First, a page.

The museum, then, was the easy part of the process. Before all that, Digital Eclipse had to build an engine. As important as the tech was the philosophy behind it. "We have this unique problem with our form of media where new platforms will not play old product," Cifaldi explained. "You don't have that with film. No matter what, you're not going to [build] an architecture that makes playing video hard. And it's the same with books. It's relatively easy to print a reprint, or to put it on your Kindle or whatever. But it's not like that with games at all. If you port a game to one platform, you're really just focused on making it work on that. If you want it to work on other platforms, essentially you're just going to have to start over—especially when you're talking about new platforms that emerge."
Cifaldi admits it's always difficult to discuss financial concerns without provoking accusations of only being in it for the money. Yet he recognizes that commercial feasibility is a vital factor in the preservation of classic games. He doesn't believe that the industry has little respect for its past so much as it hasn't yet been able to tackle the problem of how to make its past profitable. "Without the participation of the rights holders of these classic games, I don't think we're ever going to get to the point where the industry wakes up and understands that our past is valuable. Now I don't think there's commercial viability in everything. But I think that if any game from the NES era is going to prove that there's still a market for that content, it's going to be Mega Man."
"I think we can all recognize that video games are culturally significant. We're finally at that point. But I don't think the commercial video game industry has properly reflected that." – Frank Cifaldi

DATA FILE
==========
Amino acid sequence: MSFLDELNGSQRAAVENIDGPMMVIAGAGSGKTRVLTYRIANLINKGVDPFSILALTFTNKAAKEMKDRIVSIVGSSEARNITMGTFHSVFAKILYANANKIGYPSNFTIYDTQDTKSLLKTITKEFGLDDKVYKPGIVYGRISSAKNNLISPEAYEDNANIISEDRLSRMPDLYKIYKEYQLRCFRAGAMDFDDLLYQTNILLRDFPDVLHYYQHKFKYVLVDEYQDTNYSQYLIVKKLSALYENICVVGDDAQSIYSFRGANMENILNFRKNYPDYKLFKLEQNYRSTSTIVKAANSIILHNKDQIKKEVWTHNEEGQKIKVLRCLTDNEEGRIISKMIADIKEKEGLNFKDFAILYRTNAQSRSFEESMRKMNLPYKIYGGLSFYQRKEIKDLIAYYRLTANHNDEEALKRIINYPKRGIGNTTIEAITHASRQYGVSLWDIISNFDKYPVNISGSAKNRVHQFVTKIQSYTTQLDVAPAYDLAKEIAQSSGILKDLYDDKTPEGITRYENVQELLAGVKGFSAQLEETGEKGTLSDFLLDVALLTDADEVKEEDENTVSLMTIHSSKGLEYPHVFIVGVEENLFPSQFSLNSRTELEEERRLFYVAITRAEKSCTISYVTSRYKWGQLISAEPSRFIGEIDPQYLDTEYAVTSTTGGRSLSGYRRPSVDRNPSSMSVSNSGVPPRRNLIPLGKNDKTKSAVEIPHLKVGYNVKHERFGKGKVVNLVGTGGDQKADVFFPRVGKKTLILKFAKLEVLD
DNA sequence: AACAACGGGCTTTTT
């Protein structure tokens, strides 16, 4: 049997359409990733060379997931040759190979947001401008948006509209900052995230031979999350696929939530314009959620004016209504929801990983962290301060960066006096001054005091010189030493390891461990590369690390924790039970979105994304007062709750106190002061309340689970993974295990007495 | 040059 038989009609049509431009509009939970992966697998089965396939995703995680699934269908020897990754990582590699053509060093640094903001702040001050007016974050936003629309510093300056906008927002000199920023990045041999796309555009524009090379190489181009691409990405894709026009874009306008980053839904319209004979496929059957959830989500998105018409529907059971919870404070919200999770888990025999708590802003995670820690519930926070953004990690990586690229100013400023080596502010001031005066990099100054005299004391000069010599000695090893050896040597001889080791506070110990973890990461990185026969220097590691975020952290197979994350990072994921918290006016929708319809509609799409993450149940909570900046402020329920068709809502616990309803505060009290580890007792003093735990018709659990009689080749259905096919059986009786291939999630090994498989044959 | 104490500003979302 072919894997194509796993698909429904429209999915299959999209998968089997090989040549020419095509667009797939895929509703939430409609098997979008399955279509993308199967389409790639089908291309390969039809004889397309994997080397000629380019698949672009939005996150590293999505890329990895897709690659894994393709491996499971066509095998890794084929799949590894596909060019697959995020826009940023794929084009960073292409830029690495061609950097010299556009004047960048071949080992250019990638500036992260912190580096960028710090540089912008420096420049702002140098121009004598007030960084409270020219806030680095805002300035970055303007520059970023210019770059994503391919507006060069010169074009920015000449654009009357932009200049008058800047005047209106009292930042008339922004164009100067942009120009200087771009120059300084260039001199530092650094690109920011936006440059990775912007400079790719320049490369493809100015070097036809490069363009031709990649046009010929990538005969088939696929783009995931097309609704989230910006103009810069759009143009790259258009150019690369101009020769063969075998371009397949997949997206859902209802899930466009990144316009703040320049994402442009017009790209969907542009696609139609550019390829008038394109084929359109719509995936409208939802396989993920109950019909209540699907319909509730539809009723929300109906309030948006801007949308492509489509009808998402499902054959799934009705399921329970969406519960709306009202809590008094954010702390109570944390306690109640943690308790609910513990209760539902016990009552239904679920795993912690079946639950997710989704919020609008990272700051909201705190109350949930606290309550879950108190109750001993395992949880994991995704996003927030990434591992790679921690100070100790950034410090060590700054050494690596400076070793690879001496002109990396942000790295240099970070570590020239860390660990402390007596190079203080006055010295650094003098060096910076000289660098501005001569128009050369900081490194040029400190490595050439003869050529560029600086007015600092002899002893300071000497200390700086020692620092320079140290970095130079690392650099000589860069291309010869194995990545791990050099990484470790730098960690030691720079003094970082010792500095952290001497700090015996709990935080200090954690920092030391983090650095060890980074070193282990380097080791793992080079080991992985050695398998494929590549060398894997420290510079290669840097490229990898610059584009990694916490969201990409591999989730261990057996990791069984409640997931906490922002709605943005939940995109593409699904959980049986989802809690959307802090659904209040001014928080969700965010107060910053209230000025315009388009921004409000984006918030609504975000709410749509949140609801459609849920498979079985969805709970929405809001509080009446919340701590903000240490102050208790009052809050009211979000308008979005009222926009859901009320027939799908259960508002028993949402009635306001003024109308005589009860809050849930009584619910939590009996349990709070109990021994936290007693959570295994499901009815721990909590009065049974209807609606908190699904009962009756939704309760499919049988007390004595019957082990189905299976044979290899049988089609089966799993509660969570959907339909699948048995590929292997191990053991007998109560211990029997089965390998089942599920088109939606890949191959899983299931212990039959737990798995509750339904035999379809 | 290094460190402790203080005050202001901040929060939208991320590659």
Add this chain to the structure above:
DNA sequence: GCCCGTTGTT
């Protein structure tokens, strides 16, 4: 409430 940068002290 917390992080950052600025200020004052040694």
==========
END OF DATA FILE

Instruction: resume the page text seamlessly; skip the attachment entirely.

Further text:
Currently, part of the problem lies in the industry's prior treatment of older games. Many retro compilations have merely slapped several old ROMs onto a disc, and Cifaldi believes that rather than bringing the value of these games to light, they've done quite the opposite: They've cheapened them.
"It's like getting one of those ten-dollar boxes that have ten cowboy movie DVDs in them. Whereas we're doing the [equivalent of] the Criterion Collection [release] of Unforgiven. And I don't think video games have really tried that yet." He cites Nintendo's Virtual Console service as an example—though the quality of the emulation is generally good, the focus of each new release isn't about treating them as premium products so much as making them run and selling them relatively cheaply. "I think we're hurting the value of classic games if we continue doing that. We identified as a studio that classic games weren't being valued by [the industry's] traditional practices, and what we're trying to prove here is that at least for certain games people do want a premium package. I think Mega Man Legacy Collection is going to prove that out." He pauses briefly. "As a company, we're banking on it."